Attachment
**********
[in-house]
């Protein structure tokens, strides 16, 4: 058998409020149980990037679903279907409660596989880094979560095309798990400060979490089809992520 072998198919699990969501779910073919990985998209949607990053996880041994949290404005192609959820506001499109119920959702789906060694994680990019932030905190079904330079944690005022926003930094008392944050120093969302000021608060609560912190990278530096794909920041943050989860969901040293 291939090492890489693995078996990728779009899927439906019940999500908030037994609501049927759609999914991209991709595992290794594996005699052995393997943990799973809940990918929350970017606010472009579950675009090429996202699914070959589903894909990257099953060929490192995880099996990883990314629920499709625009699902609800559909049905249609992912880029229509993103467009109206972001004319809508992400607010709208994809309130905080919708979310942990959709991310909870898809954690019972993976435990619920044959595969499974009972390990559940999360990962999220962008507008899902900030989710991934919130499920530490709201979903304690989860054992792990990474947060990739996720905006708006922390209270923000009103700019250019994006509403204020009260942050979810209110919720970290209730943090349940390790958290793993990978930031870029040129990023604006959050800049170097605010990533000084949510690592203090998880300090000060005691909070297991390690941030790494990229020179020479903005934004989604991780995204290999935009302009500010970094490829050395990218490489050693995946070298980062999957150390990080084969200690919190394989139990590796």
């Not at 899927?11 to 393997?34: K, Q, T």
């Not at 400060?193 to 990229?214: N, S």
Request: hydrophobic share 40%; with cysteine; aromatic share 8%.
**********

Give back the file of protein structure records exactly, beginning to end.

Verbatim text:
[in-house]
């Protein structure tokens, strides 16, 4: 058998409020149980990037679903279907409660596989880094979560095309798990400060979490089809992520 072998198919699990969501779910073919990985998209949607990053996880041994949290404005192609959820506001499109119920959702789906060694994680990019932030905190079904330079944690005022926003930094008392944050120093969302000021608060609560912190990278530096794909920041943050989860969901040293 291939090492890489693995078996990728779009899927439906019940999500908030037994609501049927759609999914991209991709595992290794594996005699052995393997943990799973809940990918929350970017606010472009579950675009090429996202699914070959589903894909990257099953060929490192995880099996990883990314629920499709625009699902609800559909049905249609992912880029229509993103467009109206972001004319809508992400607010709208994809309130905080919708979310942990959709991310909870898809954690019972993976435990619920044959595969499974009972390990559940999360990962999220962008507008899902900030989710991934919130499920530490709201979903304690989860054992792990990474947060990739996720905006708006922390209270923000009103700019250019994006509403204020009260942050979810209110919720970290209730943090349940390790958290793993990978930031870029040129990023604006959050800049170097605010990533000084949510690592203090998880300090000060005691909070297991390690941030790494990229020179020479903005934004989604991780995204290999935009302009500010970094490829050395990218490489050693995946070298980062999957150390990080084969200690919190394989139990590796």
């Not at 899927?11 to 393997?34: K, Q, T």
């Not at 400060?193 to 990229?214: N, S």
Request: hydrophobic share 40%; with cysteine; aromatic share 8%.